The death of yeast treated with hydrogen peroxide (H(2)O(2)) shares a number of morphological and biochemical features with mammalian apoptosis. In this study, we report that the permeability of yeast nuclear envelopes (NE) increased during H(2)O(2)-induced cell death. Similar phenomena have been observed during apoptosis in mammalian tissue culture cells. Increased NE permeability in yeast was temporally correlated with an increase in the production of reactive-oxygen species (ROS). Later, after ROS levels began to decline and viability was lost, specific nuclear pore complex (NPC) proteins (nucleoporins) were degraded. Although caspases are responsible for the degradation of mammalian nucleoporins during apoptosis, the deletion of the metacaspase gene YCA1 had no effect on the stability of yeast nucleoporins. Instead, Pep4p, a vacuolar cathepsin D homolog, was responsible for the proteolysis of nucleoporins. Coincident with nucleoporin degradation, a Pep4p-EGFP reporter migrated out of the vacuole in H(2)O(2)-treated cells. We conclude that increases in ROS and NPC permeability occur relatively early during H(2)O(2)-induced cell death. Later, Pep4p migrates out of vacuoles and degrades nucleoporins after the cells are effectively dead.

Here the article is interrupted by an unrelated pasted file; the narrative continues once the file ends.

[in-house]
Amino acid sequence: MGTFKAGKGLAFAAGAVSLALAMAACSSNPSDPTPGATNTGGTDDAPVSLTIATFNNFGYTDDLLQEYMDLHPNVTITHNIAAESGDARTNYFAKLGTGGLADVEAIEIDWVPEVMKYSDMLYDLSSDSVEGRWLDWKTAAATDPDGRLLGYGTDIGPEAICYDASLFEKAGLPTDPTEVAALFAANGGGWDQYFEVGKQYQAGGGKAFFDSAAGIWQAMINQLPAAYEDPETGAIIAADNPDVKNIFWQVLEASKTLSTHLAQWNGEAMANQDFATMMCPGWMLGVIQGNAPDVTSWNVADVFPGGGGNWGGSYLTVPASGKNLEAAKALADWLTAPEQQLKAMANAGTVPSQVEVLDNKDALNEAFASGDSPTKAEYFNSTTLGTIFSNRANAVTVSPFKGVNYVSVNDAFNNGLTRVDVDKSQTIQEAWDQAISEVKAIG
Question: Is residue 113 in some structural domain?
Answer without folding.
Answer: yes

|Evidence ID||Analyze ID||Interactor||Interactor Systematic Name||Interactor||Interactor Systematic Name||Type||Assay||Annotation||Action||Modification||Phenotype||Source||Reference||Note|
|Evidence ID||Analyze ID||Gene||Gene Systematic Name||Gene Ontology Term||Gene Ontology Term ID||Qualifier||Aspect||Method||Evidence||Source||Assigned On||Reference||Annotation Extension|
|Evidence ID||Analyze ID||Gene||Gene Systematic Name||Phenotype||Experiment Type||Experiment Type Category||Mutant Information||Strain Background||Chemical||Details||Reference|
|Evidence ID||Analyze ID||Regulator||Regulator Systematic Name||Target||Target Systematic Name||Experiment||Conditions||Strain||Source||Reference|